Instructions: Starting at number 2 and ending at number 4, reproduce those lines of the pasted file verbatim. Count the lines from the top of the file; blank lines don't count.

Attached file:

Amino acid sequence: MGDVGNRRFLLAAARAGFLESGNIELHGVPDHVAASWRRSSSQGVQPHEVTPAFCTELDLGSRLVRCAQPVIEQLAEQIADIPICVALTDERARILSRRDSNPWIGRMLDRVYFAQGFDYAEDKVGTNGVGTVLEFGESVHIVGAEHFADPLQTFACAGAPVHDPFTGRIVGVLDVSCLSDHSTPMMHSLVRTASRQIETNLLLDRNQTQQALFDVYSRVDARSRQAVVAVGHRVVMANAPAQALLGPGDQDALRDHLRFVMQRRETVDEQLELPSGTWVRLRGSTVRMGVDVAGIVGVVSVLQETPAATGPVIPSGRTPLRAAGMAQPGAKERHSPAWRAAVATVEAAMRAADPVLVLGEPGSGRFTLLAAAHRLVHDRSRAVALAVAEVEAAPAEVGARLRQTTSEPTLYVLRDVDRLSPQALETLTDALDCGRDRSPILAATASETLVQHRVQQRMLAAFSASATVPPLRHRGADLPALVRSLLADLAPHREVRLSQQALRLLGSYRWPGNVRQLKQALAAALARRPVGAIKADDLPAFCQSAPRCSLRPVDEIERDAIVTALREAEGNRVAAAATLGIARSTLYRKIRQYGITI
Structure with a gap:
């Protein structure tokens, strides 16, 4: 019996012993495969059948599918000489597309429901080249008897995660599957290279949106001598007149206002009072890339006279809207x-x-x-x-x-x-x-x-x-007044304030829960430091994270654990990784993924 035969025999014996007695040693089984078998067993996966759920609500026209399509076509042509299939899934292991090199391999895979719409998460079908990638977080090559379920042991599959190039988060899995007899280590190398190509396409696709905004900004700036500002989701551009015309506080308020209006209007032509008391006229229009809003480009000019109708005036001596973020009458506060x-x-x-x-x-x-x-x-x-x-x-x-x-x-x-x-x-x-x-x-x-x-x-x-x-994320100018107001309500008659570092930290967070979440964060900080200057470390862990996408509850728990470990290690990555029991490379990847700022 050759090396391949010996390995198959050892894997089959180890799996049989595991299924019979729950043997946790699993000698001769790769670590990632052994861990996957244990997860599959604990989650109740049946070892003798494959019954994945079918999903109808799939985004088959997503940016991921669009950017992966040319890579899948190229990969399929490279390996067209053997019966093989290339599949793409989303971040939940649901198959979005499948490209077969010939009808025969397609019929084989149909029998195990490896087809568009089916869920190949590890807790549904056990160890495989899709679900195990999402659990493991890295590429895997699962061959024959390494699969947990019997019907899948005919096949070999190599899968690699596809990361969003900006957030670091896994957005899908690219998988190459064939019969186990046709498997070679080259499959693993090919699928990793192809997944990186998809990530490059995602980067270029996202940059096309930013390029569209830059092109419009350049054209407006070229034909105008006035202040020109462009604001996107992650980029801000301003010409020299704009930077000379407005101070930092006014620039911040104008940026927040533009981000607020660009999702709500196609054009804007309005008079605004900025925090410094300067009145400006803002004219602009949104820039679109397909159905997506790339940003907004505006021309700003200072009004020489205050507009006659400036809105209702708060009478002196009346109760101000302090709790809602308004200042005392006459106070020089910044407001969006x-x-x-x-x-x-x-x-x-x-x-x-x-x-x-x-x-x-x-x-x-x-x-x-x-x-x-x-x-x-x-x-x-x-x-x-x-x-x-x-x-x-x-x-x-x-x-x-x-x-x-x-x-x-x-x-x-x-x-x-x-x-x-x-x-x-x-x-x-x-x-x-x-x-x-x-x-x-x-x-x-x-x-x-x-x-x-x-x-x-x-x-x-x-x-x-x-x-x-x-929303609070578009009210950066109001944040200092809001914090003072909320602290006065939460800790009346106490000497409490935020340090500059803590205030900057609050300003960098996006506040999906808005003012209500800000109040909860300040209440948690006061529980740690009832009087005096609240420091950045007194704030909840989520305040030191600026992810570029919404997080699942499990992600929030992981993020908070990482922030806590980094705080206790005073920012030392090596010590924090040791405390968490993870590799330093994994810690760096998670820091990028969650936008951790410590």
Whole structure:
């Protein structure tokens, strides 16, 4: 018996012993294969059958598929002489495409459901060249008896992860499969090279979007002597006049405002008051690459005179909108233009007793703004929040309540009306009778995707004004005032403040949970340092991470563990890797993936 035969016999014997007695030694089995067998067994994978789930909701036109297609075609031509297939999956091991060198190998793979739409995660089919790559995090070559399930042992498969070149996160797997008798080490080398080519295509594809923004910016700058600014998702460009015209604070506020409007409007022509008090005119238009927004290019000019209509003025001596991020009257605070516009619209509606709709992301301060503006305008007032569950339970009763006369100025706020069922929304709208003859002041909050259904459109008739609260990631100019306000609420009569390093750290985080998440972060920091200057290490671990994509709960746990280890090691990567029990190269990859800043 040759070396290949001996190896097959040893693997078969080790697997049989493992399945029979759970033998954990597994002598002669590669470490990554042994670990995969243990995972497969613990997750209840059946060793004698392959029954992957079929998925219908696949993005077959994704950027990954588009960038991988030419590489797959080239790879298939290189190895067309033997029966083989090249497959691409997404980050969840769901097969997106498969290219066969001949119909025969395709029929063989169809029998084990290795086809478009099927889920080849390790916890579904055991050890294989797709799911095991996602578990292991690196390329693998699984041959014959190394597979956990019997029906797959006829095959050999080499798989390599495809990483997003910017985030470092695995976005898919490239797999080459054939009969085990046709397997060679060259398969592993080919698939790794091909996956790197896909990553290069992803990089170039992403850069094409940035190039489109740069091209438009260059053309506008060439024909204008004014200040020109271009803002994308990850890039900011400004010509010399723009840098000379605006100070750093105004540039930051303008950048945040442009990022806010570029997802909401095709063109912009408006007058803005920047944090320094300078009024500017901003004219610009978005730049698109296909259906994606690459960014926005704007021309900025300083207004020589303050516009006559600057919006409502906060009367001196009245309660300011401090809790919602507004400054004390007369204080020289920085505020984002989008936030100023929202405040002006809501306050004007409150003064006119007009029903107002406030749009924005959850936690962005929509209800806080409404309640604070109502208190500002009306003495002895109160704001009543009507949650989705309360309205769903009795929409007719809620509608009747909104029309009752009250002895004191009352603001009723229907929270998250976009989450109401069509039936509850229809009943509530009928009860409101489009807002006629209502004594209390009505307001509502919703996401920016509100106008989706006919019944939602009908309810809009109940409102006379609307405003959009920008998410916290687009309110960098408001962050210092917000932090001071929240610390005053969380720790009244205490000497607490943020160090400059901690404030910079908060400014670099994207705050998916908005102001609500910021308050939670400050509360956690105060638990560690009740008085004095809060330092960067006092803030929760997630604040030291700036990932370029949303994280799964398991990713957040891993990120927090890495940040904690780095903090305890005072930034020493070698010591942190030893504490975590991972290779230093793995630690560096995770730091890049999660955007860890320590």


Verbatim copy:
Structure with a gap:
């Protein structure tokens, strides 16, 4: 019996012993495969059948599918000489597309429901080249008897995660599957290279949106001598007149206002009072890339006279809207x-x-x-x-x-x-x-x-x-007044304030829960430091994270654990990784993924 035969025999014996007695040693089984078998067993996966759920609500026209399509076509042509299939899934292991090199391999895979719409998460079908990638977080090559379920042991599959190039988060899995007899280590190398190509396409696709905004900004700036500002989701551009015309506080308020209006209007032509008391006229229009809003480009000019109708005036001596973020009458506060x-x-x-x-x-x-x-x-x-x-x-x-x-x-x-x-x-x-x-x-x-x-x-x-x-994320100018107001309500008659570092930290967070979440964060900080200057470390862990996408509850728990470990290690990555029991490379990847700022 050759090396391949010996390995198959050892894997089959180890799996049989595991299924019979729950043997946790699993000698001769790769670590990632052994861990996957244990997860599959604990989650109740049946070892003798494959019954994945079918999903109808799939985004088959997503940016991921669009950017992966040319890579899948190229990969399929490279390996067209053997019966093989290339599949793409989303971040939940649901198959979005499948490209077969010939009808025969397609019929084989149909029998195990490896087809568009089916869920190949590890807790549904056990160890495989899709679900195990999402659990493991890295590429895997699962061959024959390494699969947990019997019907899948005919096949070999190599899968690699596809990361969003900006957030670091896994957005899908690219998988190459064939019969186990046709498997070679080259499959693993090919699928990793192809997944990186998809990530490059995602980067270029996202940059096309930013390029569209830059092109419009350049054209407006070229034909105008006035202040020109462009604001996107992650980029801000301003010409020299704009930077000379407005101070930092006014620039911040104008940026927040533009981000607020660009999702709500196609054009804007309005008079605004900025925090410094300067009145400006803002004219602009949104820039679109397909159905997506790339940003907004505006021309700003200072009004020489205050507009006659400036809105209702708060009478002196009346109760101000302090709790809602308004200042005392006459106070020089910044407001969006x-x-x-x-x-x-x-x-x-x-x-x-x-x-x-x-x-x-x-x-x-x-x-x-x-x-x-x-x-x-x-x-x-x-x-x-x-x-x-x-x-x-x-x-x-x-x-x-x-x-x-x-x-x-x-x-x-x-x-x-x-x-x-x-x-x-x-x-x-x-x-x-x-x-x-x-x-x-x-x-x-x-x-x-x-x-x-x-x-x-x-x-x-x-x-x-x-x-x-x-929303609070578009009210950066109001944040200092809001914090003072909320602290006065939460800790009346106490000497409490935020340090500059803590205030900057609050300003960098996006506040999906808005003012209500800000109040909860300040209440948690006061529980740690009832009087005096609240420091950045007194704030909840989520305040030191600026992810570029919404997080699942499990992600929030992981993020908070990482922030806590980094705080206790005073920012030392090596010590924090040791405390968490993870590799330093994994810690760096998670820091990028969650936008951790410590």
Whole structure: